Forever Changes

Our Sheffield correspondent simply isn’t feeling the Love.

1961 Jaguar E-Type Roadster. Image: classic driver

Hit singles – a notorious equation. From that first catalytic germ to the recording studio, everyone and everything balanced; flow without compromise. Who says what works? The adoring/ paying public. Upon that melody entering your ears, it becomes trapped in your psyche; if the song is good, into your heart and soul. The melody no longer the writer’s own, it is for us to worship, hum, love… and eventually abhor.

A hit single is something of a spark, whereas albums take nurturing, time and compromises a plenty. Both, if recorded with care will last the test of time. Over-repetition however can lead to a sensory overburdening – familiarity breeding contempt. Similarities between popular music and motor cars is sometimes closer than we think. Designers over performers, technicians instead of musicians. Then add in some mystery, celebrity connections; allow that to wind through the time continuum and sixty years later we still have the E-Type Jaguar – yawn.

We all know the Modenese pig farmer pinned immortality with the free advertisement to being the world’s most beautiful car. Should Enzo have kept that to himself, half the cachet is wiped out. That the burgeoning creel baskets let slip the celebrity mackerel was inevitable. Even the clandestine prototype E1A appeared destined to succeed.

Jaguar E1A prototype. Image: caradisiac

The pastel green, race inspired bolide was Chief Engineer Bill Heynes and aerodynamicist, Malcolm Sayer’s project. Loaned by Sir William himself to none other than Lt. Col. Christopher Jennings MBE. Jennings was (in 1958) editor of weekly imprint, The Motor. Living in Wales, the High Sheriff of Carmarthenshire informed Lyons of his Brecon to Carmarthen test route. Ever the opportunist, Lyons had test development driver Norman Dewis deliver the E1A for Jennings then to sample for a weekend blast. In a confidential memo, Jennings commended E1A as a “potential world beater!”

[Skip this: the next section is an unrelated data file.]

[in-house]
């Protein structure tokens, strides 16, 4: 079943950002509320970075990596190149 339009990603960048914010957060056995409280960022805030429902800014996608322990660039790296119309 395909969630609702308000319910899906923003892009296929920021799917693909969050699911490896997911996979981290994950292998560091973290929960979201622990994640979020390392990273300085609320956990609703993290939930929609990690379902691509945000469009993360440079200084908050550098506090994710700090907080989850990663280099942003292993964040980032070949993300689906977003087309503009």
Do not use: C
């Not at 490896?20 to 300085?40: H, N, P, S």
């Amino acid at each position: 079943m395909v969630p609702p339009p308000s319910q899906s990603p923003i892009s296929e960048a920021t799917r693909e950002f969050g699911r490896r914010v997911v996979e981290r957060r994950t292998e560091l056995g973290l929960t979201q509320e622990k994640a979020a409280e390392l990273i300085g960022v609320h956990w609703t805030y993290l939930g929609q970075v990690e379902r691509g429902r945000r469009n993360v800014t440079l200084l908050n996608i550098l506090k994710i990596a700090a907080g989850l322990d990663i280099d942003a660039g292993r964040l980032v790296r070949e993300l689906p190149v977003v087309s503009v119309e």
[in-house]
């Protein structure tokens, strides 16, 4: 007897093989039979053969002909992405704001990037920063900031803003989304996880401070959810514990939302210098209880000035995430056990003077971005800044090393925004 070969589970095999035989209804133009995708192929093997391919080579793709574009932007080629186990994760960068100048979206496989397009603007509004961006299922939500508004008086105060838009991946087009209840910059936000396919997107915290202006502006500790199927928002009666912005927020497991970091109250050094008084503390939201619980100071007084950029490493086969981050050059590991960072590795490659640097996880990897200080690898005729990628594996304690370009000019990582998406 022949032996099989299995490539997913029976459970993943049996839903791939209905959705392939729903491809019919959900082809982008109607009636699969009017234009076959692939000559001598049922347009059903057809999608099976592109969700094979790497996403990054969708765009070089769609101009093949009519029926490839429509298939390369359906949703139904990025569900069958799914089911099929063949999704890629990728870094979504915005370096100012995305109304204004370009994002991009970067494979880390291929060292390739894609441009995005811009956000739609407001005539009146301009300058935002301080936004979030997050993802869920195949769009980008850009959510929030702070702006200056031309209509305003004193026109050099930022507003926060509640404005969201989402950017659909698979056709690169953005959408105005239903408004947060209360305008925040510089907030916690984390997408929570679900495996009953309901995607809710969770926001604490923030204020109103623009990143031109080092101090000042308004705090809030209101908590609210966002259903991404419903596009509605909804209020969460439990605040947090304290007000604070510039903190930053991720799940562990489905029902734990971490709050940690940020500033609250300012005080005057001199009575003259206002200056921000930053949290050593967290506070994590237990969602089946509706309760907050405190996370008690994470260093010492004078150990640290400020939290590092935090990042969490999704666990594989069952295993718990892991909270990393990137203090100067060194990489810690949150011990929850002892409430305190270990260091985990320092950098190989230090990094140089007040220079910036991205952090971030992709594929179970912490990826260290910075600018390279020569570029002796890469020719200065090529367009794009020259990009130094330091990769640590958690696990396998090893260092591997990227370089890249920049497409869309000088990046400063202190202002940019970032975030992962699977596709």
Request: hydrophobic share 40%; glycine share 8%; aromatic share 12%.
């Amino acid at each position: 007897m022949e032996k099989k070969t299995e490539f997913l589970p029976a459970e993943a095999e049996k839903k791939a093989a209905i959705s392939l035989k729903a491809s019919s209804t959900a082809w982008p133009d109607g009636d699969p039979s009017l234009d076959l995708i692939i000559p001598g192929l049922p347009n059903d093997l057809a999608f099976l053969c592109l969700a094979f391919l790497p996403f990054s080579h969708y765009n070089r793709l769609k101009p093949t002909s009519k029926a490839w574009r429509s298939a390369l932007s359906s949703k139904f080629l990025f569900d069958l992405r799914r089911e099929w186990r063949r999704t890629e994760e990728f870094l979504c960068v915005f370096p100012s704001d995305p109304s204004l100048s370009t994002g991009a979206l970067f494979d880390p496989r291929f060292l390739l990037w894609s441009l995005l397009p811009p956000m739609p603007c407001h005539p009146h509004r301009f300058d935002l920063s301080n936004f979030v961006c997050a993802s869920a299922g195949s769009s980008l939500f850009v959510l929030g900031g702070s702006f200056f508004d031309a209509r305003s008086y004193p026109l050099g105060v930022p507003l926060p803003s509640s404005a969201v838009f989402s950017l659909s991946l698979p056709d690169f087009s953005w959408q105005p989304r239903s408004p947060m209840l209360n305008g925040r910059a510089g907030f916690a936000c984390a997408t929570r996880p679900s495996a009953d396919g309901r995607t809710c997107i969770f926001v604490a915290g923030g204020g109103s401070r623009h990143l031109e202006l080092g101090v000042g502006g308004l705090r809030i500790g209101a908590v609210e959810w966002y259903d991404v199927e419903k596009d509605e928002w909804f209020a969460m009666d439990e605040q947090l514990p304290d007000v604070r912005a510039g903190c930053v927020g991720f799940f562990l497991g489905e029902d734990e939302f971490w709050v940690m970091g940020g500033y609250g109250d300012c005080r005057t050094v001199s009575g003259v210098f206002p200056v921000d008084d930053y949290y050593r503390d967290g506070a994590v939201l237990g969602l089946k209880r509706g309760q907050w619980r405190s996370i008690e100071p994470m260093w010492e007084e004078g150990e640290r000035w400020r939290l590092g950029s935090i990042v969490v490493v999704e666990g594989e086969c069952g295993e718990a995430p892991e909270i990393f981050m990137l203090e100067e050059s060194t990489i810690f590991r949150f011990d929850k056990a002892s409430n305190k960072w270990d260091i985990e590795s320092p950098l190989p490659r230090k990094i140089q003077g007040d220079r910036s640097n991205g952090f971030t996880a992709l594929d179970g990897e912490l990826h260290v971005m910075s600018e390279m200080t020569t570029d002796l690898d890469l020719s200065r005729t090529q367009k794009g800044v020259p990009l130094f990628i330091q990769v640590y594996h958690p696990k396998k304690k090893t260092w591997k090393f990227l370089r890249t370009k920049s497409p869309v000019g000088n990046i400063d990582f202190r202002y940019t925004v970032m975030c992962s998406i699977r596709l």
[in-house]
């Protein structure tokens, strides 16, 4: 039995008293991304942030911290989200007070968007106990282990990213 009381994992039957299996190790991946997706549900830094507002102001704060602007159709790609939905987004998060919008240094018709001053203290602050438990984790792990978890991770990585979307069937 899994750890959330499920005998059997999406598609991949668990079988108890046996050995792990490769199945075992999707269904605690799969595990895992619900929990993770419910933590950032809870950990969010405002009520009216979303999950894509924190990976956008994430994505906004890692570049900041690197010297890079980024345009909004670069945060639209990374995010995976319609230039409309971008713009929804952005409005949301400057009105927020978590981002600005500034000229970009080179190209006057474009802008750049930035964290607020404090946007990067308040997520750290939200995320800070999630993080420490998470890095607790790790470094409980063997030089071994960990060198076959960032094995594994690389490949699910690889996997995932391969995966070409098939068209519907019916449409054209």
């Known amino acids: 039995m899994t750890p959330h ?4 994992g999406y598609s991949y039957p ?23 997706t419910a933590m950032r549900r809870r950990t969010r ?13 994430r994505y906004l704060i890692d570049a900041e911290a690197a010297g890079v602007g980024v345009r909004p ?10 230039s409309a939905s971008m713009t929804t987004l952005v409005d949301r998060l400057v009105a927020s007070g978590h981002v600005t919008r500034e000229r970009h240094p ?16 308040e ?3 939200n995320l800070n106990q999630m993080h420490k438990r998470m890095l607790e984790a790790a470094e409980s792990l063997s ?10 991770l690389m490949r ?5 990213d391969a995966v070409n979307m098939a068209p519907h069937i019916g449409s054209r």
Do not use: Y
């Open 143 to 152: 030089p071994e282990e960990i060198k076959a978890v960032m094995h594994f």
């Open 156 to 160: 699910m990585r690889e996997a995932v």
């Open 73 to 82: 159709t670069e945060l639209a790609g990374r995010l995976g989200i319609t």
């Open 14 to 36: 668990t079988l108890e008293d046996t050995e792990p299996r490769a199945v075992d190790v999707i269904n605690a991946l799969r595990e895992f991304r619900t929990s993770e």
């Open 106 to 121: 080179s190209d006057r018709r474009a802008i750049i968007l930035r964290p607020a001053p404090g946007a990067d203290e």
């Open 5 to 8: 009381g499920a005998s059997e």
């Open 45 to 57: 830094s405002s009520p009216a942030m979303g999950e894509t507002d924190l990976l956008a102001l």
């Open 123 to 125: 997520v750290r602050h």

From E1A to E2A to E-Type: the hit single recipe consisted of a steel monocoque, fully-independent rear suspension, twin-cam engine, dramatic race-bred looks. Only, once the fully realised E-Type (XK-E for the US) was delivered by Dewis overnight at breakneck speed to the Geneva motor show in March 1961, those looks had (to these eyes) become iffy. The wheels look too small in too large an arch. Side-on, the car owns the phallic symbol but exercising ones optic nerves, the car’s wholeness is challenged. Unbalanced, ungainly, somewhat piscine. Slippery, indeed but perhaps more wrasse than trout.

The E-Type was a resounding hit single. Supermodel looks: £2,097 for the roadster. Add ninety nine à la coupé. The celebrities of the day beat a path to Allesley’s door. But now the album required fleshing out in order to satisfy those lucrative export markets. And lo, the series one and a half arrived in ’67 with little obvious change. More stringent measures would follow.

E-Type Series II. mfpclassiccars

That job fell a year later to Series Two. If series One was the Rolling Stones’ Can’t Get No Satisfaction, series two became Their Satanic Majesties Request, an album even Mick Jagger described as “not very good, mainly acid-trip nonsense.” One could almost forgive any misgivings surrounding the early cars when placed alongside the version with the indicators below the bumper. Yes, it was all bit more civilised but overall, these changes made the stylus jump over the vinyl.

But we then enter the final stages of album production. Time and budgetary constraints alter many a plan. Band members’ egos may need massaging. Tempers can fly. When Series Three arrived, we had entered progressive rock. The E-Type still occupied attention, its mythology attracting sales but with this rendition, most of the integrity was lost. From its racing origins to a bloated, tequila-soaked, washed out rock star. The third series was porcine – some 1500Kgs – a good 2-300 more than the wraith-like originals. Four years of threes completed the E-Type opus with production ceasing in 1975.[1]

By then, many examples were to be found in the bargain basement. Who hasn’t heard stories of early, original E’s being bought for a song, usually due to neglect and entropy? Out of some 72,500 made over an increasingly painful fourteen years, almost fourteen hundred survive (in one form or another) in the UK.

Sixty years on, the classic car market’s Crown Jewels have been propelled to values as unobtainable now as they were to most of the populace back in ‘61. And similar to many an old rock ditty, they keep getting rehashed to ever increasing levels of apathy. Why not add that pony tail?

Image: classiccarstodayonline

Saturation kills. Akin to being beaten over the head by the assertion that Queen’s Bohemian Rhapsody is the world’s greatest song, anything  repeatedly rammed down our throats no longer holds those fervent emotions from the first encounter – the E has become tiresome to me.